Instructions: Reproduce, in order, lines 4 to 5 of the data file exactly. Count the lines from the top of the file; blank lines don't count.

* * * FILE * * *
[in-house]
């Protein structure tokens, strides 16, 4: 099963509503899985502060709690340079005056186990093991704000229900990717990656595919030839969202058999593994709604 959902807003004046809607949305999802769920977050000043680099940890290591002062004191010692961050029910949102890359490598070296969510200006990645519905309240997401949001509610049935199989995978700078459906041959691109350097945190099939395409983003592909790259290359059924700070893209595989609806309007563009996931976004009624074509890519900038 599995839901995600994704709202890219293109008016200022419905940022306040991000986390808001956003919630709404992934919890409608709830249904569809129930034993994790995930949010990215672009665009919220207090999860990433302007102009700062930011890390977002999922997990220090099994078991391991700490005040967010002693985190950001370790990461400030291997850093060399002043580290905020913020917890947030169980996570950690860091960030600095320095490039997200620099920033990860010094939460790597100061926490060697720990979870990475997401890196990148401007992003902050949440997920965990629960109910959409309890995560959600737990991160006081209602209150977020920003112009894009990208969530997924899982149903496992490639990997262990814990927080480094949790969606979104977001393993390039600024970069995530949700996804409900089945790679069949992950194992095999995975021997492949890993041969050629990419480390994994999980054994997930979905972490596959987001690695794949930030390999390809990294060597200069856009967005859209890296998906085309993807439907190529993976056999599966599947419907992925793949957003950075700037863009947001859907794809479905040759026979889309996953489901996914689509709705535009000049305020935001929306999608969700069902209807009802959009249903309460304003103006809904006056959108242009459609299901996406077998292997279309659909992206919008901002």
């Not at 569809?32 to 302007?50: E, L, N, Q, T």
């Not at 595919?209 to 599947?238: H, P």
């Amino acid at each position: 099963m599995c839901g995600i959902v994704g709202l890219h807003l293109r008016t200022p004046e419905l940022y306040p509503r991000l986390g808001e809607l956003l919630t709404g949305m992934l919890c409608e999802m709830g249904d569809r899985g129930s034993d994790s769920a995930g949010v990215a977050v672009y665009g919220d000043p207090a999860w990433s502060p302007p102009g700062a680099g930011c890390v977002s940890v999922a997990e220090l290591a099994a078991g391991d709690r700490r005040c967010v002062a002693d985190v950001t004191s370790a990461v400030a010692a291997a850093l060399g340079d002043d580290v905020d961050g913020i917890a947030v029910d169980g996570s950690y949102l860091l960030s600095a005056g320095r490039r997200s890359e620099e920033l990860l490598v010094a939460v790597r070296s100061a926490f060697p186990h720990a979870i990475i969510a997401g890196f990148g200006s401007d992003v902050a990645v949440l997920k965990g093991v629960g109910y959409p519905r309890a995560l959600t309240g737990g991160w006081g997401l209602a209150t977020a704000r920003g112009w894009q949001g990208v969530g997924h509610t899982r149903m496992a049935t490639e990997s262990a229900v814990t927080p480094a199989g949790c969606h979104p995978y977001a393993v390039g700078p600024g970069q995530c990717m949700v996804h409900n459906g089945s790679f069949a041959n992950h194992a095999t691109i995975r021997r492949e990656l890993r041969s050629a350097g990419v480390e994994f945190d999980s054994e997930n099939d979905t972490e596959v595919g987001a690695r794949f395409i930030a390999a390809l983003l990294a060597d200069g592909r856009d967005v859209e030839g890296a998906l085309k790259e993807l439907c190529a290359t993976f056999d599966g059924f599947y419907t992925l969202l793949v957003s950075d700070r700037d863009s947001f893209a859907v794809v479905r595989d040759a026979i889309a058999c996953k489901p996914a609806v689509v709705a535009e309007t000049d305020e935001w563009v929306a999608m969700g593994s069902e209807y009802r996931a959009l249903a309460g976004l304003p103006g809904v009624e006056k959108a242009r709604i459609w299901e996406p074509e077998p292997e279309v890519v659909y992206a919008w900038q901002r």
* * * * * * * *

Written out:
């Not at 595919?209 to 599947?238: H, P």
């Amino acid at each position: 099963m599995c839901g995600i959902v994704g709202l890219h807003l293109r008016t200022p004046e419905l940022y306040p509503r991000l986390g808001e809607l956003l919630t709404g949305m992934l919890c409608e999802m709830g249904d569809r899985g129930s034993d994790s769920a995930g949010v990215a977050v672009y665009g919220d000043p207090a999860w990433s502060p302007p102009g700062a680099g930011c890390v977002s940890v999922a997990e220090l290591a099994a078991g391991d709690r700490r005040c967010v002062a002693d985190v950001t004191s370790a990461v400030a010692a291997a850093l060399g340079d002043d580290v905020d961050g913020i917890a947030v029910d169980g996570s950690y949102l860091l960030s600095a005056g320095r490039r997200s890359e620099e920033l990860l490598v010094a939460v790597r070296s100061a926490f060697p186990h720990a979870i990475i969510a997401g890196f990148g200006s401007d992003v902050a990645v949440l997920k965990g093991v629960g109910y959409p519905r309890a995560l959600t309240g737990g991160w006081g997401l209602a209150t977020a704000r920003g112009w894009q949001g990208v969530g997924h509610t899982r149903m496992a049935t490639e990997s262990a229900v814990t927080p480094a199989g949790c969606h979104p995978y977001a393993v390039g700078p600024g970069q995530c990717m949700v996804h409900n459906g089945s790679f069949a041959n992950h194992a095999t691109i995975r021997r492949e990656l890993r041969s050629a350097g990419v480390e994994f945190d999980s054994e997930n099939d979905t972490e596959v595919g987001a690695r794949f395409i930030a390999a390809l983003l990294a060597d200069g592909r856009d967005v859209e030839g890296a998906l085309k790259e993807l439907c190529a290359t993976f056999d599966g059924f599947y419907t992925l969202l793949v957003s950075d700070r700037d863009s947001f893209a859907v794809v479905r595989d040759a026979i889309a058999c996953k489901p996914a609806v689509v709705a535009e309007t000049d305020e935001w563009v929306a999608m969700g593994s069902e209807y009802r996931a959009l249903a309460g976004l304003p103006g809904v009624e006056k959108a242009r709604i459609w299901e996406p074509e077998p292997e279309v890519v659909y992206a919008w900038q901002r």